More than a parade, its a defugelty buster, too
The old ore wagons have captured the publics imagination
Somebodynot even Stricker knows for sure whohit on the
idea of reviving the old ore wagons that had been stored north of Ketchum for so long the
building had fallen down around them. Why not get the wagons rolling again and have a
By TRAVIS PURSER
Express Staff Writer
No doubt, the birthday of Aunt Kate Lewis, daughter of Ketchum founding
father Horace C. Lewis is a worthy reason to celebrate Wagon Days. But ask a longtime
local, and youll find out theres more to it than that.
A "defugelty" (conflict) between the Sun Valley Co. and the city
of Ketchum, a "gambling holocaust," and the decommissioning of the Wood River
Valleys last major mineall of these, says Ed Stricker, contributed to an
economic and social doldrums half a century ago that had the bored and broke scheming for
a way to revive the withering town.
These days, Stricker, 75, lives a quiet life at his small ranch 20 miles
south of Ketchum. But in the 1950s, he was a dance hall owner.
Club 93, Stricker said during an interview last week, was the only club of
11 in Ketchum that didnt rely on gambling to survive. So it made sense that in 1954,
when the old-guard establishment in the state Legislature outlawed all gambling and the
Ketchum casinos went bust, their exiled patrons converged on Club 93.
"We wondered what the devil we could do," Stricker said of the
bar talk that developed then.
Somebodynot even Stricker knows for sure whohit on the idea of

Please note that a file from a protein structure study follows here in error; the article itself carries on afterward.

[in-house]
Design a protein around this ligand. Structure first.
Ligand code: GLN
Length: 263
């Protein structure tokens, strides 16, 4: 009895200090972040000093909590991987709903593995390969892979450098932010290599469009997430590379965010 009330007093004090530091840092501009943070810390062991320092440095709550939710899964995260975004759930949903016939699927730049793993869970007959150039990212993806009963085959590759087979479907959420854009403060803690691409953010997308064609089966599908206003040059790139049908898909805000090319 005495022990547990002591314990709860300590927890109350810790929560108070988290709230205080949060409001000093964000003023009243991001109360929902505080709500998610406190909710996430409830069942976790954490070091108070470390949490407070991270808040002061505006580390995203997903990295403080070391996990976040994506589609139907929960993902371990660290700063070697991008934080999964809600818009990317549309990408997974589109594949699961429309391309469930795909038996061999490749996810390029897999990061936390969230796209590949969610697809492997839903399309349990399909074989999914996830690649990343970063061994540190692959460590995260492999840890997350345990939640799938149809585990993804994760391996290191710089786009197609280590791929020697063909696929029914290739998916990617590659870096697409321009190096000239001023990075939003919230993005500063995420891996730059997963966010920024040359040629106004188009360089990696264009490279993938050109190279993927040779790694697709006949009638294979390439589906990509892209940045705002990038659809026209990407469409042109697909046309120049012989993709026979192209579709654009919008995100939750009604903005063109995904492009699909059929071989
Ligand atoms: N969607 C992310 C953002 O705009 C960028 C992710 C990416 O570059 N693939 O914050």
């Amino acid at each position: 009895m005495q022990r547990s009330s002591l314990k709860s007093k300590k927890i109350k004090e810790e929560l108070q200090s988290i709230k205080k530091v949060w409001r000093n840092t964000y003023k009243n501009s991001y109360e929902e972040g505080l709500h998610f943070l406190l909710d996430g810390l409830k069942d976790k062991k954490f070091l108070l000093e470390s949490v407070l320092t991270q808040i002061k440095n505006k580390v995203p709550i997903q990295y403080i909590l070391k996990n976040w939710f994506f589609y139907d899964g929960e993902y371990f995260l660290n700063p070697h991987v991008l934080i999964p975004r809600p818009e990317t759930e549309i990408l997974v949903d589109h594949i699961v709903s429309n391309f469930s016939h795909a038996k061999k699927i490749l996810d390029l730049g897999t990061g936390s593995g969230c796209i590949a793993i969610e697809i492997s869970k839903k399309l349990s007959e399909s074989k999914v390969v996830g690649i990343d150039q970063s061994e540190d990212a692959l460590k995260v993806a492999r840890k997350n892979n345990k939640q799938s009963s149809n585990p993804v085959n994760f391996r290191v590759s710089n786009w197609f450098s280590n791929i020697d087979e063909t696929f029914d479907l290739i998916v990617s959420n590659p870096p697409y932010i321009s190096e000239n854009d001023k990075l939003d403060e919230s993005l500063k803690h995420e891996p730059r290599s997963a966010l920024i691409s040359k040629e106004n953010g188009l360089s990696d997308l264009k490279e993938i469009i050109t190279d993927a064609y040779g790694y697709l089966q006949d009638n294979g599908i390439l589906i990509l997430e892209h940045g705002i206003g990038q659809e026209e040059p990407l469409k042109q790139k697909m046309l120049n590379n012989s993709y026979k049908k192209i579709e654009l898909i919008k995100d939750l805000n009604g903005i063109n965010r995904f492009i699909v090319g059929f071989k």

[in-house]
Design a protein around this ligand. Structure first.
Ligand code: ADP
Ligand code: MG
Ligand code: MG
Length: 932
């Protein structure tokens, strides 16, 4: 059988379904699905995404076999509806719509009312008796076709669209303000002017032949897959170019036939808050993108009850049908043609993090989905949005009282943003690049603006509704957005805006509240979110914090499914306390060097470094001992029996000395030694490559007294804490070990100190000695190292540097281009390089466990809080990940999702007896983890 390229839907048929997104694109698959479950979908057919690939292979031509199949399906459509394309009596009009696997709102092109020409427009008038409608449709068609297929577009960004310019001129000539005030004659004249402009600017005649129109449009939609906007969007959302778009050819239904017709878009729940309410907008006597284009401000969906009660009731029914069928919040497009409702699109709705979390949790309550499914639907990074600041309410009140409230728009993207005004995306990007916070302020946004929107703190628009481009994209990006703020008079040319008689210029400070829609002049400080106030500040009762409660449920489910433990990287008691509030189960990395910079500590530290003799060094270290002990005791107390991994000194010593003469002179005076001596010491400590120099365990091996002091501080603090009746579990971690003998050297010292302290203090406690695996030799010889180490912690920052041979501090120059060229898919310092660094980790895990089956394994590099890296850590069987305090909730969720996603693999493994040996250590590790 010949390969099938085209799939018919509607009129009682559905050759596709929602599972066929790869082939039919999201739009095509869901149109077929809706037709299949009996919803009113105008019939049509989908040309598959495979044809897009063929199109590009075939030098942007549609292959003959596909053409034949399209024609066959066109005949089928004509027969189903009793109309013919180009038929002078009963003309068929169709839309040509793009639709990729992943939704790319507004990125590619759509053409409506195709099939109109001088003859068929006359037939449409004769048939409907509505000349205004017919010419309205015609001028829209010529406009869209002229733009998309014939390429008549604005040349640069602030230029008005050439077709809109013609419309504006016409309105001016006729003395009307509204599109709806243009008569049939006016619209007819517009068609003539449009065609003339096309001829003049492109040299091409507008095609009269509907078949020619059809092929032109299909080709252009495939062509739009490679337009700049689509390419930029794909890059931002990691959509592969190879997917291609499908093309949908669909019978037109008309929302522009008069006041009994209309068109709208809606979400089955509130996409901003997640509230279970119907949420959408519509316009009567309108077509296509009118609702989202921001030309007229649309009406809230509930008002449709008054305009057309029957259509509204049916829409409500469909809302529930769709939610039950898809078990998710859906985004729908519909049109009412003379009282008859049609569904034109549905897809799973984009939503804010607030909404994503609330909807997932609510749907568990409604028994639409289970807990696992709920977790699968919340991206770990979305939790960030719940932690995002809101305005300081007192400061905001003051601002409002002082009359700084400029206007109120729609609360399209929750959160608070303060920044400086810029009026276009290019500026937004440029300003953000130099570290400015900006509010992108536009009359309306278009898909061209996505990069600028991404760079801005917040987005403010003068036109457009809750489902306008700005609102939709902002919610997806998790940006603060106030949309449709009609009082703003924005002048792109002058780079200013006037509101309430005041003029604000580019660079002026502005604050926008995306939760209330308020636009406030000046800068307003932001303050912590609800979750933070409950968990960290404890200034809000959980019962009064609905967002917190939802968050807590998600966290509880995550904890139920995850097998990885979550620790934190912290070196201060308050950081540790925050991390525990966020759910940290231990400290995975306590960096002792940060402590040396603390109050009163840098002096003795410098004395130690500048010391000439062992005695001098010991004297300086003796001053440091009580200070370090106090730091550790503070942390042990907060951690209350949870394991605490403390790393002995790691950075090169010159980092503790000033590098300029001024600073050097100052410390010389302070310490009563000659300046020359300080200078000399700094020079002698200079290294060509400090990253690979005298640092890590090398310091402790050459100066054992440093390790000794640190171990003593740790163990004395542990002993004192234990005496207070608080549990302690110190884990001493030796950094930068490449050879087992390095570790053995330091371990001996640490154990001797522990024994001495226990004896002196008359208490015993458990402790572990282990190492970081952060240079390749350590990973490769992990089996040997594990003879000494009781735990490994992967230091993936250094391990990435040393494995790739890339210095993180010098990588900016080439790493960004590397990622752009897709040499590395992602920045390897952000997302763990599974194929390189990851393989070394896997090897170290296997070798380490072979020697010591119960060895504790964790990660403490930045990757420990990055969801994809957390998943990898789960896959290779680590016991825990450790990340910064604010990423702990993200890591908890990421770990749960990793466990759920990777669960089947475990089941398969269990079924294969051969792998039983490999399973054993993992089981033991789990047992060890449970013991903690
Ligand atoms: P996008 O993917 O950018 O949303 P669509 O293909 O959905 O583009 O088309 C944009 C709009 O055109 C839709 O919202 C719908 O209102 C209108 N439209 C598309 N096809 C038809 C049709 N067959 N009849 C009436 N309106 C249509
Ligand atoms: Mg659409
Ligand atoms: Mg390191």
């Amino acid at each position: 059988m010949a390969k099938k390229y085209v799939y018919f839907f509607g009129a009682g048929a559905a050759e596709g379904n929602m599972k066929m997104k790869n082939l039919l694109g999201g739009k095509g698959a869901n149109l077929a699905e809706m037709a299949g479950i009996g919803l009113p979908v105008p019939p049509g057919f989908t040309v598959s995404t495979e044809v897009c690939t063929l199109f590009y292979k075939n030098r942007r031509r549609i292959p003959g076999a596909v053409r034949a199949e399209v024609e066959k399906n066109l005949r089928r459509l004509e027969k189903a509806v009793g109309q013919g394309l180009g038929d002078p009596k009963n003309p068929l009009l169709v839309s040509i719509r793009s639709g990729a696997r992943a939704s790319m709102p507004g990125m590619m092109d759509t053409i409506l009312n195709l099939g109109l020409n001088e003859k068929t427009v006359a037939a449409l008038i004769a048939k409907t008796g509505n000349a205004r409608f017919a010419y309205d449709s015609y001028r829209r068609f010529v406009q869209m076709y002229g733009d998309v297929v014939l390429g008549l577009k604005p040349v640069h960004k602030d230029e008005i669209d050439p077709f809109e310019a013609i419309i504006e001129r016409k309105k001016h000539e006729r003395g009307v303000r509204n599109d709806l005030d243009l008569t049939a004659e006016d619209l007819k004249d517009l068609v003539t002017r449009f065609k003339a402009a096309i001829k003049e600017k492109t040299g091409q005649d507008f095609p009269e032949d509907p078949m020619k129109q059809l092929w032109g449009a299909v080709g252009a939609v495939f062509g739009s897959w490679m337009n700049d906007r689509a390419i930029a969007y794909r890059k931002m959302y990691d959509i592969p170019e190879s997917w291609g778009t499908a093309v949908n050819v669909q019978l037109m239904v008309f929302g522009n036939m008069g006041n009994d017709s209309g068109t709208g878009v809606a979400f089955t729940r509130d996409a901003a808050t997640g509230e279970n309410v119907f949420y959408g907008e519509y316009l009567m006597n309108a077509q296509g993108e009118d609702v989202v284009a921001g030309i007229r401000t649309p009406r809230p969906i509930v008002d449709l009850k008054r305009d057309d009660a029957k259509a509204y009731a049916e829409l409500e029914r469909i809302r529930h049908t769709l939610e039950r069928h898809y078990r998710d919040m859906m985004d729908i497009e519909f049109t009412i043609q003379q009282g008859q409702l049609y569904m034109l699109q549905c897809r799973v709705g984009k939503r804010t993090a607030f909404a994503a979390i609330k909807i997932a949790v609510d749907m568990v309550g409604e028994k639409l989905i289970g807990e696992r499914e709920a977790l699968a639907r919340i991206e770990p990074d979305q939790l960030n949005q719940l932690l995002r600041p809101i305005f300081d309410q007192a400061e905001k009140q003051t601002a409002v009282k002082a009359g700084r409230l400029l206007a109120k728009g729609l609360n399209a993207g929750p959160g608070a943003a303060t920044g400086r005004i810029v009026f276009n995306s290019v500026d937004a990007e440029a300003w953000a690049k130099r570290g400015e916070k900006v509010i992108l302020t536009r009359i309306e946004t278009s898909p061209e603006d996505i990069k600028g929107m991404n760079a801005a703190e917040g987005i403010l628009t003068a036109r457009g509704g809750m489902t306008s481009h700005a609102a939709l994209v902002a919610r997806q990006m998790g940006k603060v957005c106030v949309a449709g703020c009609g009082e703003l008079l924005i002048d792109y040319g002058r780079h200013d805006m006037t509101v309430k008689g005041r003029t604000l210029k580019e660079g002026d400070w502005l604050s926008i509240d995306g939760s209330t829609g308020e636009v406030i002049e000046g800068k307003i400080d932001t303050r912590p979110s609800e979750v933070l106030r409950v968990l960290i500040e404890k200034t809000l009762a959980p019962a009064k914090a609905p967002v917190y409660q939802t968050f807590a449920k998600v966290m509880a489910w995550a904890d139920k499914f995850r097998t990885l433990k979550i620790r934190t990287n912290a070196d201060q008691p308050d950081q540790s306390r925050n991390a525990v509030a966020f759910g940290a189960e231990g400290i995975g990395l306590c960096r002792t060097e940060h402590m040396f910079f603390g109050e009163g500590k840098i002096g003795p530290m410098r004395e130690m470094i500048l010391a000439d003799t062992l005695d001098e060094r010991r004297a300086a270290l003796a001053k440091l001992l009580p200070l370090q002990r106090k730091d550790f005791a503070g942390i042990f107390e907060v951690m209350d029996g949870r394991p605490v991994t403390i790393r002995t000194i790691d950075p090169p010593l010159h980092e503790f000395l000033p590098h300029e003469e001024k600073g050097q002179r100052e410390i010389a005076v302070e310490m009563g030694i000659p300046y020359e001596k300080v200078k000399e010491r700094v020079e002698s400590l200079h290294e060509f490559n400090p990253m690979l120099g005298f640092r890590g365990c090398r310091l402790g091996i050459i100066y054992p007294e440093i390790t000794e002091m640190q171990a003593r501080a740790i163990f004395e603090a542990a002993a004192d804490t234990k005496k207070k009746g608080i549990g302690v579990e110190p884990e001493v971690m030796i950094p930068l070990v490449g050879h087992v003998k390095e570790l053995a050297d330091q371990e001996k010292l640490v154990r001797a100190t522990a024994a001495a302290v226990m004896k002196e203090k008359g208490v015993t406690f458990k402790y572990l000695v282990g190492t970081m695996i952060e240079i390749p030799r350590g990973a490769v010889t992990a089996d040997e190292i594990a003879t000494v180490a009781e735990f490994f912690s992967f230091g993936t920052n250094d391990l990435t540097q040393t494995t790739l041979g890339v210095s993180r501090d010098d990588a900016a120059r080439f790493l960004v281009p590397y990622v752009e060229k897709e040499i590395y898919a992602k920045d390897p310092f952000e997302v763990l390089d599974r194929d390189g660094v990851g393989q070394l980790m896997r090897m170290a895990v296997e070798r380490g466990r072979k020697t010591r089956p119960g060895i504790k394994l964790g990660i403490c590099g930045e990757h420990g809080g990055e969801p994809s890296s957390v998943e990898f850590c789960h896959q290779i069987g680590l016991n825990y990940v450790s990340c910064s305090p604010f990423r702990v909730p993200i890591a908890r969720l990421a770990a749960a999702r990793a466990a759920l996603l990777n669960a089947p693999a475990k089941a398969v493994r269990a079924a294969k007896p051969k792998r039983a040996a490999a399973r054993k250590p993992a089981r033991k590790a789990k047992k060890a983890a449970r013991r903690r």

reviving the old ore wagons that had been stored north of Ketchum for so long the building
had fallen down around them. Why not get the wagons rolling again and have a parade?
Board by board, bit by bit, the restoration work went on for years, but
still no Wagon Days took place.
Then, it hitthe "defugelty," to use Strickers
seemingly fabricated word.
The Sun Valley Co. buses that ferried skiers from Bald Mountain to the
resort had always stopped in Ketchum so tourists could shop, eat and drink. But in the
mid-1950s, Sticker said, Sun Valley buses began roaring straight through Ketchum, carrying
tourists and their dollars to Sun Valley.
To make matters worse, in 1958, Stricker said, the Triumph mine 10 miles
south of Ketchum closed. That put the locals in an even worse financial fix.
"So, boy," Stricker said, "we had to do something."
That year, the wagons were ready to roll, but still there were no horses
available to pull them. And, even if they were on hand, the 24 horses would need to be
trained to handle the six-wagon rig, controlled by a single rein.
A crew of cowpunchers, truck drivers and George Flemming, perhaps one of
the last living "jerk line" drivers at the time, worked for weeks rounding up
borrowed horses from all over the' state and training them at the Ketchum airstrip, now
the Big Wood Golf Course north of town.
"It was quite a deal getting the horses and getting them returned to
the right people with the right harnesses," Stricker said.
That first Wagon Days was a huge hit, with over a thousand people lining
the streets to see the spectacle of ore wagons, the Lewis stagecoach, mock gunfighters and
more that paid tribute to Ketchums mining heritage.
The event has continued annually since then, except for a six-year break
from 1970 to 1976 when major work on Highway 75 took place and interest in the event
Today, the parade has over 100 entries, requiring year-round preparation,
$60,000 in cash and 3,000 hours of volunteer work.
"To bring these wagons out and share our history with those who are
new to the area and to celebrate our heritage with those who have been here, to share the
storiesthats why we do it," said event organizer Wendy Jaquet.